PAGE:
Degree: Bachelor of Science in Applied Mathematics
Minor: Computer Science
Cohort: Office for Student Research & Creativity (OSRC)
Hometown: Colombia; Queens, New York
Career aspiration: Mathematician/Computer Scientist
“I want to change society through mathematics, computer science, and cryptography. My biggest dream is to help with technology that’s relevant to the medical sector. When I was two years old, I had cancer. Now, one of my goals is to use computer science and math to help people battling cancer.”
How did your experience with cancer impact your life and career goals?
The cancer I had as a child, called a retinoblastoma, was in my left eye and discovered early, but they still had to remove my eye. Now, I wear a prosthetic eye and have regular cancer-screening checkups. Cancer is something I’ve always had to worry about, and I rely on medical professionals and technological advances to keep me safe.
What was life like before John Jay?
I moved to the United States from Colombia when I was 16 years old. When I came to this country, I went to an international high school knowing only a few words in English. We had the option of taking bilingual or English-only classes, and I decided to take the English-only classes to challenge myself and become proficient in English faster. It was really difficult. I found myself translating every third word in the lecture notes. It took me an entire evening to finish a homework assignment or write a paper in English, but the school helped me, and my English started to improve rapidly.
Why John Jay?
As a first-generation college student, I didn’t know a lot about the application process or how to choose a college, but I had heard that John Jay was one of the best colleges in the country for criminal justice and cybercrime. I was really interested in the legalities of computer networking and computer security.
What experiences shaped your journey at John Jay?
The faculty at John Jay changed my life. One of the reasons why I’m pursuing graduate school is because of the belief that Professor Samuel Graff had in me. When I was struggling in a differential equations course, he’d always tell me to keep working at it. He'd break down different equations, ask me what my goals were, suggest different opportunities, and help me apply to graduate schools. He saw my potential and made me believe that I could attend graduate school.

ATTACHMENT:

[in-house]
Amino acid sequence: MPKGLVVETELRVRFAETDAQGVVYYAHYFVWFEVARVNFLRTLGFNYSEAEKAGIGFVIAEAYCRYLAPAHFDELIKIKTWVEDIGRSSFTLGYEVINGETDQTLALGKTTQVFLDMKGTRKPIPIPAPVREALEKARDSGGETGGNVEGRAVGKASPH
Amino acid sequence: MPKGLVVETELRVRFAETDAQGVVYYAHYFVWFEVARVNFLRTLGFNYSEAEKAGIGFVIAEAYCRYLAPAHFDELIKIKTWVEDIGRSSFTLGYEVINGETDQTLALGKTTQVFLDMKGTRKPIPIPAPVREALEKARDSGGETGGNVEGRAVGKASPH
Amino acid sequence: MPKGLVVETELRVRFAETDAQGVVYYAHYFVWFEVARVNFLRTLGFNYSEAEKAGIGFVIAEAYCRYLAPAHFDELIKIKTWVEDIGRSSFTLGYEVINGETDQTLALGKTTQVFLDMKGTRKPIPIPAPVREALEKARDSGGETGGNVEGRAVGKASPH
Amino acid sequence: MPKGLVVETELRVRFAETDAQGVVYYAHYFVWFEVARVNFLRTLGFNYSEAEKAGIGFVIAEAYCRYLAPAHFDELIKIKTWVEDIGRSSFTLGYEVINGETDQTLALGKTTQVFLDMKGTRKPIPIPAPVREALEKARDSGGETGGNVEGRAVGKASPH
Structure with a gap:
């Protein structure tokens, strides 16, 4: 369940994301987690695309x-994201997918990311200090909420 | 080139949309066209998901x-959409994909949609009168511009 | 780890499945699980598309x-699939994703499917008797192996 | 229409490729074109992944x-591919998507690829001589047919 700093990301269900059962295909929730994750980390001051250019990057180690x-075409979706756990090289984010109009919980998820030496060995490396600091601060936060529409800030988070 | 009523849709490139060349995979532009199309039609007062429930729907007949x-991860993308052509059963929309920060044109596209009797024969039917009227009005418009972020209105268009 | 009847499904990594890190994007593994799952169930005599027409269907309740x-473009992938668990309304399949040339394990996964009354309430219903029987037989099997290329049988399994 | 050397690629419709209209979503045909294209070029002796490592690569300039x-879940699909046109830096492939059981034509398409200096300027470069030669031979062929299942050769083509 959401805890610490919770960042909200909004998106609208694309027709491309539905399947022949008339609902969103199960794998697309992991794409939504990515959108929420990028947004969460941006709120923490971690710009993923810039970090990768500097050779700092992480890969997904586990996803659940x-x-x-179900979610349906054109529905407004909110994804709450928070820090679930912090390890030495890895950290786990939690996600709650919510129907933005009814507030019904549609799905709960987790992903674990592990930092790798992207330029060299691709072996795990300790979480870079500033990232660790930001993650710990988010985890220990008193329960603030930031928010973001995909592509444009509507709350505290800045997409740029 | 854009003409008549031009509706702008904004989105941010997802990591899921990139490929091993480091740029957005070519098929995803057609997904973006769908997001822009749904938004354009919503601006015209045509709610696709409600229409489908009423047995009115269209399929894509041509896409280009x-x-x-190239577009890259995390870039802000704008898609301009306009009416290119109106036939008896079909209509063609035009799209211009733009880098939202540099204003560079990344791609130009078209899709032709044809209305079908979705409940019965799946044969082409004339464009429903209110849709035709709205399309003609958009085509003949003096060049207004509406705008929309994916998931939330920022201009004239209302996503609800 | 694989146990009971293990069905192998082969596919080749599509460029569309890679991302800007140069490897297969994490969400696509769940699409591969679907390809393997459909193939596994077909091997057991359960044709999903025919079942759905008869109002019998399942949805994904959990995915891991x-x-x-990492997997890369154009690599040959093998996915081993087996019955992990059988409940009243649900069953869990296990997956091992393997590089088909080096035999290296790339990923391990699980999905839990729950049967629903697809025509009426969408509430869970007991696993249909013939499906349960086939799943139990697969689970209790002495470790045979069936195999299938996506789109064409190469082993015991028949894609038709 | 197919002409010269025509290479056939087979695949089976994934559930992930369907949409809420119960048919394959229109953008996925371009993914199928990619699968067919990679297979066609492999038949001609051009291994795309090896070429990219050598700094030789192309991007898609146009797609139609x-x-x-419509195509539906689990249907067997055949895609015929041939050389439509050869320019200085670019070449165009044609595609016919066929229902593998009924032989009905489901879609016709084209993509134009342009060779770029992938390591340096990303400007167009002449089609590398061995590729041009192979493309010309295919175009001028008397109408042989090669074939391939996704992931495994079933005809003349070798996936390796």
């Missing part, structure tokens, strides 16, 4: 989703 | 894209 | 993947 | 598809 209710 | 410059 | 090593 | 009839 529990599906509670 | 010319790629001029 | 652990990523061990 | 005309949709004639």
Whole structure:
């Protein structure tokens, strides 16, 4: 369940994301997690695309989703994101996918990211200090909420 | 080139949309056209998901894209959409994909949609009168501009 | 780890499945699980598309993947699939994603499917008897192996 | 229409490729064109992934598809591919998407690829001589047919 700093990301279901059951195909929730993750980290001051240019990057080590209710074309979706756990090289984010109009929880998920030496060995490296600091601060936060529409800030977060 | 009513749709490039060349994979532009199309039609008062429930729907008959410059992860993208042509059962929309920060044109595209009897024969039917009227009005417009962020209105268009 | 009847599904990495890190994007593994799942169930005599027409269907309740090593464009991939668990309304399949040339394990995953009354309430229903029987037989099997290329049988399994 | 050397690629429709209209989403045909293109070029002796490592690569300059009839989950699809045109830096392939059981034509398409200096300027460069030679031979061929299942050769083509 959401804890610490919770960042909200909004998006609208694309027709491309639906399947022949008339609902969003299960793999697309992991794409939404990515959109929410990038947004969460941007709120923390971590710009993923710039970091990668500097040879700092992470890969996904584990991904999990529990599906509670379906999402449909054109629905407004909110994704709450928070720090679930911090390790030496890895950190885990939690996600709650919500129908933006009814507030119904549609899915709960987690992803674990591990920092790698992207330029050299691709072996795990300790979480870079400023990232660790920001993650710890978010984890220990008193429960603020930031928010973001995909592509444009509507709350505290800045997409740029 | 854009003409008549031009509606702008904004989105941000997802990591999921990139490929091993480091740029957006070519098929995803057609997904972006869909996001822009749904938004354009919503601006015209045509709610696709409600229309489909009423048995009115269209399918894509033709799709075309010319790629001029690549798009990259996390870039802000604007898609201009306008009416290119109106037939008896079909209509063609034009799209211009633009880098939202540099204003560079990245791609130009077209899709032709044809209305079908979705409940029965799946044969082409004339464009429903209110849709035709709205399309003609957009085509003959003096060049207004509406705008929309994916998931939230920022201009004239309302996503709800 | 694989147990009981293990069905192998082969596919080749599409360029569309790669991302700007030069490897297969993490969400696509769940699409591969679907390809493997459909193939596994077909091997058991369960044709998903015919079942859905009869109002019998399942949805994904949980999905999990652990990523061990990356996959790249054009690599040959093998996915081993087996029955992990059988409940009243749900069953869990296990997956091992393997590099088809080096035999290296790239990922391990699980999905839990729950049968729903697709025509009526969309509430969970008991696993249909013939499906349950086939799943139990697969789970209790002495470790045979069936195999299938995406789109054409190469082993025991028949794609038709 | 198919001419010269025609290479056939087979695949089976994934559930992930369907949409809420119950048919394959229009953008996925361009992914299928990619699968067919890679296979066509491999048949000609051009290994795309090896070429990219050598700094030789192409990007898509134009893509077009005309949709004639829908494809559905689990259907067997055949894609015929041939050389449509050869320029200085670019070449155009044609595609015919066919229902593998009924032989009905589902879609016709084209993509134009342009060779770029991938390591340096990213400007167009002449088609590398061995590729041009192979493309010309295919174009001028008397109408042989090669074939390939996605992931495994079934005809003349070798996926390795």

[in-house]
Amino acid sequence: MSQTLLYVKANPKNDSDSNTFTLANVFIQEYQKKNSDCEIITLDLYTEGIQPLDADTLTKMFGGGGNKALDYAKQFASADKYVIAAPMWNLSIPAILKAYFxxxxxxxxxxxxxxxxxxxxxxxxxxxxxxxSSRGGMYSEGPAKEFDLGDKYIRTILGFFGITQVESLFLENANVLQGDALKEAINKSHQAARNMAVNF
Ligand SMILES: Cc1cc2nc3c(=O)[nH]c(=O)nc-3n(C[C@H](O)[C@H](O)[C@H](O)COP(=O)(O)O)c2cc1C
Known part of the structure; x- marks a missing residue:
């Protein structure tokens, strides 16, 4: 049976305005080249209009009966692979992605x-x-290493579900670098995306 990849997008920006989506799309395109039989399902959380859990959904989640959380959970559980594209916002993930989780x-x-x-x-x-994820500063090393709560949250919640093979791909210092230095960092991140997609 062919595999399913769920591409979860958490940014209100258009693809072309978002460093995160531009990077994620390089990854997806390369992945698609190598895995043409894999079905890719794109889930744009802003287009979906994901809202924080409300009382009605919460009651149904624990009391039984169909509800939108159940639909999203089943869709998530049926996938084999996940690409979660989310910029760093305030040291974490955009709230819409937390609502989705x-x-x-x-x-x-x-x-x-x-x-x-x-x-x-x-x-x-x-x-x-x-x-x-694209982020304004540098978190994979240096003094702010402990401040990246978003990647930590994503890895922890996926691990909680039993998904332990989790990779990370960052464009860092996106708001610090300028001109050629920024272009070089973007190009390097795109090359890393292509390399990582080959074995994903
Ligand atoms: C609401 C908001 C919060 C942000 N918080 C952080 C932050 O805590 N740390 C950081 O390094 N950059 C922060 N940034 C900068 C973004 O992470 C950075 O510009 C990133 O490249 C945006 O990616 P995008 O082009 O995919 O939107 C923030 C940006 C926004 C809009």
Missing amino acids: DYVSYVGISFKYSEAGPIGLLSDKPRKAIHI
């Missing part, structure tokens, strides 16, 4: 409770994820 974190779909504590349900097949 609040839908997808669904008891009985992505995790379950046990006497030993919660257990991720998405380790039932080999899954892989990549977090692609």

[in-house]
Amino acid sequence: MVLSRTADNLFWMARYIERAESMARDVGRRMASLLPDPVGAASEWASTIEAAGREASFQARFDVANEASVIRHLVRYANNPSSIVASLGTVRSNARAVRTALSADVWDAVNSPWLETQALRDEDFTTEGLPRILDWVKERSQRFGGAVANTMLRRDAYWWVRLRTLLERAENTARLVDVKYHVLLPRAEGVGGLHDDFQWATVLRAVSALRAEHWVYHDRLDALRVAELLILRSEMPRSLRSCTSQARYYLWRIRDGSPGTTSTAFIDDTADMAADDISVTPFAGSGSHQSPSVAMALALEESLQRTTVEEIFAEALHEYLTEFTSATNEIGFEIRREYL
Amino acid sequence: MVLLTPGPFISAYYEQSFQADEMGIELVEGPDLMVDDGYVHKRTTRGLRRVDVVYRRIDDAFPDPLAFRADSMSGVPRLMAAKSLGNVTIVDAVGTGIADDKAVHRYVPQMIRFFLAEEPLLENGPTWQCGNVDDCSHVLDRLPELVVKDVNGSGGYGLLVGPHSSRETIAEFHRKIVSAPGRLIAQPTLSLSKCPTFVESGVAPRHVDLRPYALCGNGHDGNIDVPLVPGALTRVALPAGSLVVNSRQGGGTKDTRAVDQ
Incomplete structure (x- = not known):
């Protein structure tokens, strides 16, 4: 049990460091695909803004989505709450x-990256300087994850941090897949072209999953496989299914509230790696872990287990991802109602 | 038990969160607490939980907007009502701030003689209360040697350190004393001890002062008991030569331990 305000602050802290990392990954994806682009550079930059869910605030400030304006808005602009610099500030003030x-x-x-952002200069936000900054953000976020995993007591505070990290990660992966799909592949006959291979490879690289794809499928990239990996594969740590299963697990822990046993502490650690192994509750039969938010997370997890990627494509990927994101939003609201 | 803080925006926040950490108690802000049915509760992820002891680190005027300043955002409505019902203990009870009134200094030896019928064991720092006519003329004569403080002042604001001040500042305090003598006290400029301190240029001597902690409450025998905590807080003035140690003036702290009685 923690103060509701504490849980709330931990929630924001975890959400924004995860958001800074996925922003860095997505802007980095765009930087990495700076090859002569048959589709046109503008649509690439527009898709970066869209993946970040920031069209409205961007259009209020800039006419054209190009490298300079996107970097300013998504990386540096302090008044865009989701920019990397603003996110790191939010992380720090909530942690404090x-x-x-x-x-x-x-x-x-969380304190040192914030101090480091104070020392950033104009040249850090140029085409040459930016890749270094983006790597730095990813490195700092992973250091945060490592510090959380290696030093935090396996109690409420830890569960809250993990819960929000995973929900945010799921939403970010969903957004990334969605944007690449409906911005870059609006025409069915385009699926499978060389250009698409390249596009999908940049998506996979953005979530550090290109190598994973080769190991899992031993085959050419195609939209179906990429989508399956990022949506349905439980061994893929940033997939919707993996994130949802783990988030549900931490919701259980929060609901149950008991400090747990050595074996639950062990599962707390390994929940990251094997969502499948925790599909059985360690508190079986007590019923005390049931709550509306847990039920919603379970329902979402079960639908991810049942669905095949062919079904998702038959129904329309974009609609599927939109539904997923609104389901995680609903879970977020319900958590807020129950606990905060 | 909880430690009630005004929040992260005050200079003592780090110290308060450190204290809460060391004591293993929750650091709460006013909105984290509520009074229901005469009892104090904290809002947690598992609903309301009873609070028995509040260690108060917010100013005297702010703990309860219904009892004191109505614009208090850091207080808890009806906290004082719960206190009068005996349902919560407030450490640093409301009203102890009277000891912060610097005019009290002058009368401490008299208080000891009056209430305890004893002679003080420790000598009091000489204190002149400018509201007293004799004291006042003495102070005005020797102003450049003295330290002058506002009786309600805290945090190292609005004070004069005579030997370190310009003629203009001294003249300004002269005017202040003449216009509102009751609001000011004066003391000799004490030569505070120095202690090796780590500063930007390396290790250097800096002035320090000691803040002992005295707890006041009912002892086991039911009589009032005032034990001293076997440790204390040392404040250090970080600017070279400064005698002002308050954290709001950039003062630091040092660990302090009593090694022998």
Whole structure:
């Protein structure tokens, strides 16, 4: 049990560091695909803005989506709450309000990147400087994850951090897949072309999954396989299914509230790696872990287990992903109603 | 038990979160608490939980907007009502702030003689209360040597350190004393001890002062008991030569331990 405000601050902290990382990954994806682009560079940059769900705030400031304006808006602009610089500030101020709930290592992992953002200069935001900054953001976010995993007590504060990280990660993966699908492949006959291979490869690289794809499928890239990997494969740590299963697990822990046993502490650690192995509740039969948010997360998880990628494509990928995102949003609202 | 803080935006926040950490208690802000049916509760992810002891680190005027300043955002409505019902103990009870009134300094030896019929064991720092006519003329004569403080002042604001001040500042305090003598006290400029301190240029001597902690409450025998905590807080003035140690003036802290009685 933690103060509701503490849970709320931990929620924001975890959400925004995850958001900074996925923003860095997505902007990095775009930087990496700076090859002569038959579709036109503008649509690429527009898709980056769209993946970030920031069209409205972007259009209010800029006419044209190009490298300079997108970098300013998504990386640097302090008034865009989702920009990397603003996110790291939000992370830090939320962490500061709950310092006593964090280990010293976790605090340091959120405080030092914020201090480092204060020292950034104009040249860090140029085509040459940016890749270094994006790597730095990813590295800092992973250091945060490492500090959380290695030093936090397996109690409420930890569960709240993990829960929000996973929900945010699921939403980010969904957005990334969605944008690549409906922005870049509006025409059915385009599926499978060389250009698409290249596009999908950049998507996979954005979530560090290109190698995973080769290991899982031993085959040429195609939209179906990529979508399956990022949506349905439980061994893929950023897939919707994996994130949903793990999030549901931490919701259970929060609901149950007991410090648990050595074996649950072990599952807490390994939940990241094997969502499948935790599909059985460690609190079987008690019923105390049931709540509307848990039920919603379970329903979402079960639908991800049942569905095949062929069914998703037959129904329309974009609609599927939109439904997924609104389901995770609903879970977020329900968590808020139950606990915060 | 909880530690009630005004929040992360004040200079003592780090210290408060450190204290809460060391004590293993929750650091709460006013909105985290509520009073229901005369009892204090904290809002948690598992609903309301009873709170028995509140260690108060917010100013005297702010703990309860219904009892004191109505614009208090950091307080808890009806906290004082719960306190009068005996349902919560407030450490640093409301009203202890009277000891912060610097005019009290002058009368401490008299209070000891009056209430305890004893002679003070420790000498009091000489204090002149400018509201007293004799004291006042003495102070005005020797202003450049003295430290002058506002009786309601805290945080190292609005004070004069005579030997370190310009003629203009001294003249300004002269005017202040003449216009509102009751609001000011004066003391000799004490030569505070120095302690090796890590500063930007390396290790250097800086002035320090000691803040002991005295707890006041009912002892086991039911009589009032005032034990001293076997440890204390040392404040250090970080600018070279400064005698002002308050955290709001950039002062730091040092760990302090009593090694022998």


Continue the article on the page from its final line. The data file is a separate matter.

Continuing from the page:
Were there any internships, fellowships, or research opportunities that helped prepare you for your career?
The New York Jobs CEO Council connected me to a really interesting cybersecurity and networking internship with Cisco. Professor Graff helped me get into the Summer Training for Aspiring Researchers (STAR) Program, where I took classes at Columbia University that were relevant to my mathematical and computer science ambitions. With the help of Bettina Muenster and the team at OSRC, I conducted many research projects. This past year, I did a year-long research project with Assistant Professor Matluba Khodjaeva on post-quantum cryptography, and before that, I did research with Professor José Luis Morín focusing on mass incarceration of Latinx people. That research involved a lot of data and statistical analysis, but it was especially rewarding because it allowed me to learn more about the criminal legal system’s impact on the Latinx community.
Why did you decide to attend Columbia University?
I really enjoyed my classes at the STAR Program and could envision myself advancing my education at Columbia. The scholarship I received will fully cover the tuition for my master’s degree in statistics. It also gives me priority to enroll in Ph.D.-level graduate courses and teaching assistant opportunities. I’m hoping that the master’s degree program helps improve my logical, mathematical, and statistical skills, so I can later transition to a doctoral mathematical and computer science program. Getting this scholarship and acceptance into Columbia showed me that no matter where you come from, if you put the effort in, you can reach places that you didn’t know were possible.